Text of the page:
The Metropolitan Washington Airports Authority is moving ahead with a plan to modernize the toll collection systems on the Dulles Toll Road.
The Dulles Toll Road was built in 1984, prior to the advent of electronic toll tags, and has always been a cash-centric system by design. While some E-ZPass-only lanes have been added in recent years, the exits and main toll plaza feature manned tollbooths and exact change lanes at which drivers toss coins into a basket.
With more than 80 percent of toll road users making the switch to the electronic toll tags and tolls reaching the level that a driver now needs seven quarters to use the exact change lanes, it is time for the airports authority to consider updating the system, said Chris Browne, vice president and manager of Washington Dulles International Airport.
The airports authority took over toll road operations from the Virginia Department of Transportation in 2006.
In the short term, MWAA plans to extend its contract with its current toll collection equipment contractor, TransCore, because many of the tolling systems are proprietary and can only be maintained by TransCore, Browne said.
However, the agency will amend the contract to have TransCore replace the main computer system for the toll road, which is 17 years old, and remove the exact change lanes to convert them to E-ZPass lanes.
These changes will reduce the agency’s maintenance budget for the toll road, Browne said.
“A lot of what we are spending is keeping these old baskets and coin machines going,” he said.
The short-term upgrades are expected to cost about $6 million.
Customers will still be able to pay with cash at the staffed tollbooths for the foreseeable future, Browne said.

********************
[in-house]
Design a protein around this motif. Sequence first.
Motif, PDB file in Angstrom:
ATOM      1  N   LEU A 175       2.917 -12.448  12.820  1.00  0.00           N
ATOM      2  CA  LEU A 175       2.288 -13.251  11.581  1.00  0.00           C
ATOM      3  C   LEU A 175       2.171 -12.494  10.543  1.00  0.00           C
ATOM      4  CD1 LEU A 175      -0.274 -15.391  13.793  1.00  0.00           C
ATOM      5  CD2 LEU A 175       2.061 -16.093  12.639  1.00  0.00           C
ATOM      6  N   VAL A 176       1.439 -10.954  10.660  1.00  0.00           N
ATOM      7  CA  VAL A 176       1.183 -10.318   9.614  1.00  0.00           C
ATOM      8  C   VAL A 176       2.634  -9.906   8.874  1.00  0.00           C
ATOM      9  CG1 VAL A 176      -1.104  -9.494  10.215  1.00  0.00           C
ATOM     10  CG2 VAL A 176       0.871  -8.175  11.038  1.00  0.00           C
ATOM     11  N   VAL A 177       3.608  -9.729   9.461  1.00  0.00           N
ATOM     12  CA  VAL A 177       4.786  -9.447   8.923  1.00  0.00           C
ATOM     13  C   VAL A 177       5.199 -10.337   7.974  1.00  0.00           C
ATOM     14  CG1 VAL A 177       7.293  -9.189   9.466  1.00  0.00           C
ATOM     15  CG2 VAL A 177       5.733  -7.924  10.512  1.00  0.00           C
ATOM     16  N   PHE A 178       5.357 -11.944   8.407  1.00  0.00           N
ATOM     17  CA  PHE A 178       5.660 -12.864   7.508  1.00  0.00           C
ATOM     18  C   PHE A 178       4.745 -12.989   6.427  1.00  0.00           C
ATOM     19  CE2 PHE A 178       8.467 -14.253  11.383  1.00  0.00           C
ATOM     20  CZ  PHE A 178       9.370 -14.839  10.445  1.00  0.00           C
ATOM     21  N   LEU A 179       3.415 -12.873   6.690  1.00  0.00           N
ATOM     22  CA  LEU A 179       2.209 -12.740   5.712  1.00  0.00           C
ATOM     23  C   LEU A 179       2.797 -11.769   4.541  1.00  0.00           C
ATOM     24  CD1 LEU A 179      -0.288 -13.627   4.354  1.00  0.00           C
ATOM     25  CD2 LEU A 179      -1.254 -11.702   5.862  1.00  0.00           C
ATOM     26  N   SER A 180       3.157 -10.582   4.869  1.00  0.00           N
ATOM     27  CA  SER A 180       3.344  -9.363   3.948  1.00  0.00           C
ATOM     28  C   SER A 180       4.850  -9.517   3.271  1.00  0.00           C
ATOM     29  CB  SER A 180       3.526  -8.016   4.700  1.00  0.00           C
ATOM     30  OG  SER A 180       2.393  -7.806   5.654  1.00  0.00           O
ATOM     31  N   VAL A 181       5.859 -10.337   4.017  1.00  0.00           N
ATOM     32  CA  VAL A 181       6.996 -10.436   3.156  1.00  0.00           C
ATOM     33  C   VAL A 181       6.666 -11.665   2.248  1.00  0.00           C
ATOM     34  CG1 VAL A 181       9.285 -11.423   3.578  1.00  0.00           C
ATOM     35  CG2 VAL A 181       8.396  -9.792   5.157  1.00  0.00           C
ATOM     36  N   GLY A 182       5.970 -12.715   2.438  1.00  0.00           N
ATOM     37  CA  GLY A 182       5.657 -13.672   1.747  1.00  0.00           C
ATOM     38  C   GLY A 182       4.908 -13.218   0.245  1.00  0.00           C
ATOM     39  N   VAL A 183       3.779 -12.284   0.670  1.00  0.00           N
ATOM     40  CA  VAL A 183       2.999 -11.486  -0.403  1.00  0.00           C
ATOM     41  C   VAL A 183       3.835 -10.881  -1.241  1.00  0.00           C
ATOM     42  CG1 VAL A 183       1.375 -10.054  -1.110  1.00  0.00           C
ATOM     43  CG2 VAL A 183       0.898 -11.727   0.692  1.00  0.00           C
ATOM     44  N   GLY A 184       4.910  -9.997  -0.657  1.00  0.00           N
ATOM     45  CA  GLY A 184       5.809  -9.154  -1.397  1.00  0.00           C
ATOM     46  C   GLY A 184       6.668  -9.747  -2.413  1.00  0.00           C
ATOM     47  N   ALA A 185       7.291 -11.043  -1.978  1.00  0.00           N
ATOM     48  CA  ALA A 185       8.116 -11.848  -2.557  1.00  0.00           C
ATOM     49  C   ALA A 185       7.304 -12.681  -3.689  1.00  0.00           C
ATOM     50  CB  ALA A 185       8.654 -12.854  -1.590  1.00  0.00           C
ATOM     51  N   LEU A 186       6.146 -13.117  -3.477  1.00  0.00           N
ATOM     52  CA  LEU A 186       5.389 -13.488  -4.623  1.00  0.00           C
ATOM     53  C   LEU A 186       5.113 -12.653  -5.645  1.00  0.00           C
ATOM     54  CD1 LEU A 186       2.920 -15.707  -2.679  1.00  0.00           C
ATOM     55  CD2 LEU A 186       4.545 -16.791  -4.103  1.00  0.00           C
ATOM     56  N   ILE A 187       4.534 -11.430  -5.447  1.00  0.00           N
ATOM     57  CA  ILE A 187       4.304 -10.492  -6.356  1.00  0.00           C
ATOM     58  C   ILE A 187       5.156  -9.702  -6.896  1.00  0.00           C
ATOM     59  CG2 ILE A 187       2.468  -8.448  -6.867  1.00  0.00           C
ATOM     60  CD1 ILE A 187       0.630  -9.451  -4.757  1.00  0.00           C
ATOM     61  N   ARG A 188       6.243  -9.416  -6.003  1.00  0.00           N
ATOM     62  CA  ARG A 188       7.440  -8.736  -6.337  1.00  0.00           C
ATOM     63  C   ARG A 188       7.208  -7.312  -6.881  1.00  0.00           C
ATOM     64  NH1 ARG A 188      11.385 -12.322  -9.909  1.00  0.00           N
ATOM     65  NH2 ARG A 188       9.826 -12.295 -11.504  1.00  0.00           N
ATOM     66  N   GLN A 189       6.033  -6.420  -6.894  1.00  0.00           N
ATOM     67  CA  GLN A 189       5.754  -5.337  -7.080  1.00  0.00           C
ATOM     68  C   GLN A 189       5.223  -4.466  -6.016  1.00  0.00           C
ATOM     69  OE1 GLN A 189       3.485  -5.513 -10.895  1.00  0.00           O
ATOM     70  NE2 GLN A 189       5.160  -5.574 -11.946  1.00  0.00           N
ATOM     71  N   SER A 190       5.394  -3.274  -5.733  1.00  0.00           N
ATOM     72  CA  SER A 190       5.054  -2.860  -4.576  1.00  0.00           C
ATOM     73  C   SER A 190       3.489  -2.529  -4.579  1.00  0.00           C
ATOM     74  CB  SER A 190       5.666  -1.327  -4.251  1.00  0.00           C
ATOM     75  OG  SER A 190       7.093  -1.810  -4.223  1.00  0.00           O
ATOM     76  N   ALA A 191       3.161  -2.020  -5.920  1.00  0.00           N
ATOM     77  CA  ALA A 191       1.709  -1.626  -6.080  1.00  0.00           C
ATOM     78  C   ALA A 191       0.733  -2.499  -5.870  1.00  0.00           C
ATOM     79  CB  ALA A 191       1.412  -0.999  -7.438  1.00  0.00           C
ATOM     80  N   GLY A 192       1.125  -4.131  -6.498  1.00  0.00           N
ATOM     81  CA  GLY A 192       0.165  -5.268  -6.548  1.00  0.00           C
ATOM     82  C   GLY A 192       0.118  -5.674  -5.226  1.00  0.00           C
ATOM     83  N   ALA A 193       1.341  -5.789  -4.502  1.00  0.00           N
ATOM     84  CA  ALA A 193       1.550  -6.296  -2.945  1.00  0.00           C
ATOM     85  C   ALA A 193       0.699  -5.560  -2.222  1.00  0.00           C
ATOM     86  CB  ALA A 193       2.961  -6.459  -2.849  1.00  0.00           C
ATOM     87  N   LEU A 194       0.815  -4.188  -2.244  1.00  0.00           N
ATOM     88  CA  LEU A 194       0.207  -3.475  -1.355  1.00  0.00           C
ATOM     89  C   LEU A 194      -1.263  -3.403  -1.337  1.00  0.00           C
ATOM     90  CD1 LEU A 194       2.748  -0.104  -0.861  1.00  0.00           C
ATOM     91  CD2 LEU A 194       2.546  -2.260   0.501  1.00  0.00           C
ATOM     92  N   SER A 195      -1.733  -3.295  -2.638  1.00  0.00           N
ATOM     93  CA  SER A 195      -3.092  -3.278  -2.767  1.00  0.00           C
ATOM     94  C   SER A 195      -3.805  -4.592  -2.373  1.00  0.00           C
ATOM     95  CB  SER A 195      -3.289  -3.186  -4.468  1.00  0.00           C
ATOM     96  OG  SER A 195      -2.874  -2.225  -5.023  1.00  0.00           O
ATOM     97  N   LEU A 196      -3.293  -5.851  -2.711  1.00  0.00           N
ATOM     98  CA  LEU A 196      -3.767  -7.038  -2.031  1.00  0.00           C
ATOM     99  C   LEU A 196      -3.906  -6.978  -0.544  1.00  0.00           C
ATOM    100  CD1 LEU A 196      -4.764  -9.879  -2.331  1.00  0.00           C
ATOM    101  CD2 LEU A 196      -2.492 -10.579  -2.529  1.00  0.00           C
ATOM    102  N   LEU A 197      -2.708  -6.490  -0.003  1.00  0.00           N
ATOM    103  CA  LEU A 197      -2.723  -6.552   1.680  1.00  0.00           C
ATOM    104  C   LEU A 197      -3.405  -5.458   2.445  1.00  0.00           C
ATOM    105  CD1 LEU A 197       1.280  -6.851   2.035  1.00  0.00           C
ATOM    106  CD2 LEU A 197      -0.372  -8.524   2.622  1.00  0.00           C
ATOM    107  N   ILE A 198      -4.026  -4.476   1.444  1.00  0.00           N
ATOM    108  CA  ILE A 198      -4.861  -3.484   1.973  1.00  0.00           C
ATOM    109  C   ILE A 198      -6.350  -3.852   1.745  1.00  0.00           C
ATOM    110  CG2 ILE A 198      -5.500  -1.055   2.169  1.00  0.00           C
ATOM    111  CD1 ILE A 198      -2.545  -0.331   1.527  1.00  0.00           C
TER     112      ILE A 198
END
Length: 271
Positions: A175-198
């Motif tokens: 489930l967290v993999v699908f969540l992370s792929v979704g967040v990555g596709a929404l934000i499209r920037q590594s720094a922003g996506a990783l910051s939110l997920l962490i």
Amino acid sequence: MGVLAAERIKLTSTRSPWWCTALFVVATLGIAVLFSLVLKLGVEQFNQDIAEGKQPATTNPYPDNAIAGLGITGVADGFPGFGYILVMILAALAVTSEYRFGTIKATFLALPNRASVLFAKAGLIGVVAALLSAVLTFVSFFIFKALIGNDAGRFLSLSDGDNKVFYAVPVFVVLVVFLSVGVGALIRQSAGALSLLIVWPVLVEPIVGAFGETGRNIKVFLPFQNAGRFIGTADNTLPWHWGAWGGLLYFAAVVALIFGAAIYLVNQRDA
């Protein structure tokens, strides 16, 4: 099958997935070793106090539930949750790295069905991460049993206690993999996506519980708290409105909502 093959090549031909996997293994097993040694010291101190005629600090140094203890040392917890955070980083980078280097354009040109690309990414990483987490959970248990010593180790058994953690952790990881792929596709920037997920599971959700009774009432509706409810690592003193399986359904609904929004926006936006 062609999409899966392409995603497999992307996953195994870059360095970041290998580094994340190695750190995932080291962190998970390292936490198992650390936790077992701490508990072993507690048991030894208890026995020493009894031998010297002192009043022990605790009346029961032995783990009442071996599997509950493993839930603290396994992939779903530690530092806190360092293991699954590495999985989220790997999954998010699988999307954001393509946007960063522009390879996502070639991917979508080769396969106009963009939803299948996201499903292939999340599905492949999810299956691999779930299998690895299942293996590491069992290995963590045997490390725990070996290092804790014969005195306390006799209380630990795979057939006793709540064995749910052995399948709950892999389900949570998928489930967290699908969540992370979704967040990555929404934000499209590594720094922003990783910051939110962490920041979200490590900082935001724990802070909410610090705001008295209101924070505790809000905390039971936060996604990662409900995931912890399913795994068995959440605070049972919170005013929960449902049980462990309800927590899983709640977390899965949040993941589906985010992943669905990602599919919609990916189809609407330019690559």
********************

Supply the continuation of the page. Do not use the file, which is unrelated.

Legacy toll roads that have tried to wean their customers off cash too soon have seen sharp drops in revenues, he said.
In addition to working with the current contractor on those changes, the authority plans to put out a competitive bid for a completely new collection system later this year, Browne said.
“The current system cannot accommodate the types of technology and tolling options that this board is interested in,” Browne told the MWAA Board of Directors Wednesday morning.
With a modern collection system, the board can consider options like distance-based toll pricing or having different toll rates at different times of day. Right now, the system can’t even accept credit cards.
One of the requirements of the new system will be that it does not use proprietary technology, Browne said, so that the authority can continue to competitively bid maintenance and upgrade contracts.
The new collection system is expected to cost $10 to $15 million, Browne said.
The MWAA Board’s Dulles Corridor Committee recommended approval of the changes to the contract with TransCore on Wednesday. The full board will take up the matter at its next meeting, in October.